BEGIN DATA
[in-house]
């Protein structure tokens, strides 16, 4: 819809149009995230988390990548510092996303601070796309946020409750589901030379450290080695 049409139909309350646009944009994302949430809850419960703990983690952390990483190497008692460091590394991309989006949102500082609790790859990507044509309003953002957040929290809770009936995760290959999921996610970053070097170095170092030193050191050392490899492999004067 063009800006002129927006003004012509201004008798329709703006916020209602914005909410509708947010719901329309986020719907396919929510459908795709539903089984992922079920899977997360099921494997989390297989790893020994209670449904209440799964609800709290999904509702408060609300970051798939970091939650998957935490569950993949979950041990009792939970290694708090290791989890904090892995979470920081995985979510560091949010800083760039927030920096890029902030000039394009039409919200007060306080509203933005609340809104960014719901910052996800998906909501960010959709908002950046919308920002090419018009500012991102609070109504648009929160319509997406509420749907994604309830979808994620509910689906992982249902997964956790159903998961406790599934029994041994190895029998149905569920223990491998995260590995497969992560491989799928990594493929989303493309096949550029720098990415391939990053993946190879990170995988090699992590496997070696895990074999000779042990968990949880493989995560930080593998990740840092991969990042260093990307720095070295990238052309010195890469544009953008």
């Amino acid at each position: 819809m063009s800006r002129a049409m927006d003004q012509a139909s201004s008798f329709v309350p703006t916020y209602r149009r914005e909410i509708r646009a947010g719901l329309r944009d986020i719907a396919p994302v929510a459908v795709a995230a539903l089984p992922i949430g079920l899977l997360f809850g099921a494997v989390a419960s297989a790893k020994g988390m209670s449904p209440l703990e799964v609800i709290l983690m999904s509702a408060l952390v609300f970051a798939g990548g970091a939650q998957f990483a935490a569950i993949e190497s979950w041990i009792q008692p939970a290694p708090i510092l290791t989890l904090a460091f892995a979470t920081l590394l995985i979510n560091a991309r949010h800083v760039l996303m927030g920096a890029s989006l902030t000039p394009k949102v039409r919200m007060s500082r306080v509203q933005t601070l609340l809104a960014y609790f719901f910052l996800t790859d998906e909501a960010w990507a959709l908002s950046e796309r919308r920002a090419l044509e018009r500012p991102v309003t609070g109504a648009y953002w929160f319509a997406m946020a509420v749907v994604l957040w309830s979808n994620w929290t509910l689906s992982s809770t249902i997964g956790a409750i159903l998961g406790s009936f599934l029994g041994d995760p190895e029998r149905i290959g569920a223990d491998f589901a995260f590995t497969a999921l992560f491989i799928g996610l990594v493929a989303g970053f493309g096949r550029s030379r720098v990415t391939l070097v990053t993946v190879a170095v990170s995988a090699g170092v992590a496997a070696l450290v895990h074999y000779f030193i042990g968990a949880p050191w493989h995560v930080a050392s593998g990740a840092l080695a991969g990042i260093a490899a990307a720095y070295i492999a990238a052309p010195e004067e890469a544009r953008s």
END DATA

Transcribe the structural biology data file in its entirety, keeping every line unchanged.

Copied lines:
[in-house]
């Protein structure tokens, strides 16, 4: 819809149009995230988390990548510092996303601070796309946020409750589901030379450290080695 049409139909309350646009944009994302949430809850419960703990983690952390990483190497008692460091590394991309989006949102500082609790790859990507044509309003953002957040929290809770009936995760290959999921996610970053070097170095170092030193050191050392490899492999004067 063009800006002129927006003004012509201004008798329709703006916020209602914005909410509708947010719901329309986020719907396919929510459908795709539903089984992922079920899977997360099921494997989390297989790893020994209670449904209440799964609800709290999904509702408060609300970051798939970091939650998957935490569950993949979950041990009792939970290694708090290791989890904090892995979470920081995985979510560091949010800083760039927030920096890029902030000039394009039409919200007060306080509203933005609340809104960014719901910052996800998906909501960010959709908002950046919308920002090419018009500012991102609070109504648009929160319509997406509420749907994604309830979808994620509910689906992982249902997964956790159903998961406790599934029994041994190895029998149905569920223990491998995260590995497969992560491989799928990594493929989303493309096949550029720098990415391939990053993946190879990170995988090699992590496997070696895990074999000779042990968990949880493989995560930080593998990740840092991969990042260093990307720095070295990238052309010195890469544009953008």
């Amino acid at each position: 819809m063009s800006r002129a049409m927006d003004q012509a139909s201004s008798f329709v309350p703006t916020y209602r149009r914005e909410i509708r646009a947010g719901l329309r944009d986020i719907a396919p994302v929510a459908v795709a995230a539903l089984p992922i949430g079920l899977l997360f809850g099921a494997v989390a419960s297989a790893k020994g988390m209670s449904p209440l703990e799964v609800i709290l983690m999904s509702a408060l952390v609300f970051a798939g990548g970091a939650q998957f990483a935490a569950i993949e190497s979950w041990i009792q008692p939970a290694p708090i510092l290791t989890l904090a460091f892995a979470t920081l590394l995985i979510n560091a991309r949010h800083v760039l996303m927030g920096a890029s989006l902030t000039p394009k949102v039409r919200m007060s500082r306080v509203q933005t601070l609340l809104a960014y609790f719901f910052l996800t790859d998906e909501a960010w990507a959709l908002s950046e796309r919308r920002a090419l044509e018009r500012p991102v309003t609070g109504a648009y953002w929160f319509a997406m946020a509420v749907v994604l957040w309830s979808n994620w929290t509910l689906s992982s809770t249902i997964g956790a409750i159903l998961g406790s009936f599934l029994g041994d995760p190895e029998r149905i290959g569920a223990d491998f589901a995260f590995t497969a999921l992560f491989i799928g996610l990594v493929a989303g970053f493309g096949r550029s030379r720098v990415t391939l070097v990053t993946v190879a170095v990170s995988a090699g170092v992590a496997a070696l450290v895990h074999y000779f030193i042990g968990a949880p050191w493989h995560v930080a050392s593998g990740a840092l080695a991969g990042i260093a490899a990307a720095y070295i492999a990238a052309p010195e004067e890469a544009r953008s």